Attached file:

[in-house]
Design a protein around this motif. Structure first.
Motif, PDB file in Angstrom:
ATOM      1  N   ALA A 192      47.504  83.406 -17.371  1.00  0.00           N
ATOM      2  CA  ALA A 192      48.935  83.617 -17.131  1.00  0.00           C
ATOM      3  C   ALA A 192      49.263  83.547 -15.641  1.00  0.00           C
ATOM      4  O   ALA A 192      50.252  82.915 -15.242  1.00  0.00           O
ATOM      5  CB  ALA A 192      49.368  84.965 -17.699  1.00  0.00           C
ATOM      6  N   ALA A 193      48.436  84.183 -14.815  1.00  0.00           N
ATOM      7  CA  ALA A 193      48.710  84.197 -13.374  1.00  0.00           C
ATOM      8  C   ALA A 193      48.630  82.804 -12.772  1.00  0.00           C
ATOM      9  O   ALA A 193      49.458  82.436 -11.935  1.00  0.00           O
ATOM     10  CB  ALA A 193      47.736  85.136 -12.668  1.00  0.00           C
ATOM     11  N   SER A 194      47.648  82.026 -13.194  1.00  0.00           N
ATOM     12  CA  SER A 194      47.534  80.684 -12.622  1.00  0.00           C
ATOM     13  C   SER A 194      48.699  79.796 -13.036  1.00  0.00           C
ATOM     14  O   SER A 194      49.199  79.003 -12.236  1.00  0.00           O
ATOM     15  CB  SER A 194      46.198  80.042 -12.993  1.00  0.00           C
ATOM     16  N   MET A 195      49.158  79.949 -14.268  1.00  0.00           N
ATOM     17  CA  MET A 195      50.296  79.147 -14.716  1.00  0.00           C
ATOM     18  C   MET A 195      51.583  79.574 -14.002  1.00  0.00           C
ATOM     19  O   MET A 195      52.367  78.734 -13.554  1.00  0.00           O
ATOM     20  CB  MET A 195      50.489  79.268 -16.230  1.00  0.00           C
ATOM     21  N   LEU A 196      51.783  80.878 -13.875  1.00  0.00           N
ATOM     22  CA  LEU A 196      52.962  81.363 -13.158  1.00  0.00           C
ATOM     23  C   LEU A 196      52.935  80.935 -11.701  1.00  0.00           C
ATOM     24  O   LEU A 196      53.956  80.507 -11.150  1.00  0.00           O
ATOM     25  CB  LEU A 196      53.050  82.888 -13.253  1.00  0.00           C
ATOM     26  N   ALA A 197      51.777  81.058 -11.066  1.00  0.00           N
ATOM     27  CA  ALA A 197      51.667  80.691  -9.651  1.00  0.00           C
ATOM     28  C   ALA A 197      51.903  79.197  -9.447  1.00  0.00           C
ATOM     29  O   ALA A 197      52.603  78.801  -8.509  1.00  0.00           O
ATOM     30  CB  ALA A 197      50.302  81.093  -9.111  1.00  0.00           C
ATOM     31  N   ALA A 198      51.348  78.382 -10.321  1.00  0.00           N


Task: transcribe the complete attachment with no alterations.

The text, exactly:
[in-house]
Design a protein around this motif. Structure first.
Motif, PDB file in Angstrom:
ATOM      1  N   ALA A 192      47.504  83.406 -17.371  1.00  0.00           N
ATOM      2  CA  ALA A 192      48.935  83.617 -17.131  1.00  0.00           C
ATOM      3  C   ALA A 192      49.263  83.547 -15.641  1.00  0.00           C
ATOM      4  O   ALA A 192      50.252  82.915 -15.242  1.00  0.00           O
ATOM      5  CB  ALA A 192      49.368  84.965 -17.699  1.00  0.00           C
ATOM      6  N   ALA A 193      48.436  84.183 -14.815  1.00  0.00           N
ATOM      7  CA  ALA A 193      48.710  84.197 -13.374  1.00  0.00           C
ATOM      8  C   ALA A 193      48.630  82.804 -12.772  1.00  0.00           C
ATOM      9  O   ALA A 193      49.458  82.436 -11.935  1.00  0.00           O
ATOM     10  CB  ALA A 193      47.736  85.136 -12.668  1.00  0.00           C
ATOM     11  N   SER A 194      47.648  82.026 -13.194  1.00  0.00           N
ATOM     12  CA  SER A 194      47.534  80.684 -12.622  1.00  0.00           C
ATOM     13  C   SER A 194      48.699  79.796 -13.036  1.00  0.00           C
ATOM     14  O   SER A 194      49.199  79.003 -12.236  1.00  0.00           O
ATOM     15  CB  SER A 194      46.198  80.042 -12.993  1.00  0.00           C
ATOM     16  N   MET A 195      49.158  79.949 -14.268  1.00  0.00           N
ATOM     17  CA  MET A 195      50.296  79.147 -14.716  1.00  0.00           C
ATOM     18  C   MET A 195      51.583  79.574 -14.002  1.00  0.00           C
ATOM     19  O   MET A 195      52.367  78.734 -13.554  1.00  0.00           O
ATOM     20  CB  MET A 195      50.489  79.268 -16.230  1.00  0.00           C
ATOM     21  N   LEU A 196      51.783  80.878 -13.875  1.00  0.00           N
ATOM     22  CA  LEU A 196      52.962  81.363 -13.158  1.00  0.00           C
ATOM     23  C   LEU A 196      52.935  80.935 -11.701  1.00  0.00           C
ATOM     24  O   LEU A 196      53.956  80.507 -11.150  1.00  0.00           O
ATOM     25  CB  LEU A 196      53.050  82.888 -13.253  1.00  0.00           C
ATOM     26  N   ALA A 197      51.777  81.058 -11.066  1.00  0.00           N
ATOM     27  CA  ALA A 197      51.667  80.691  -9.651  1.00  0.00           C
ATOM     28  C   ALA A 197      51.903  79.197  -9.447  1.00  0.00           C
ATOM     29  O   ALA A 197      52.603  78.801  -8.509  1.00  0.00           O
ATOM     30  CB  ALA A 197      50.302  81.093  -9.111  1.00  0.00           C
ATOM     31  N   ALA A 198      51.348  78.382 -10.321  1.00  0.00           N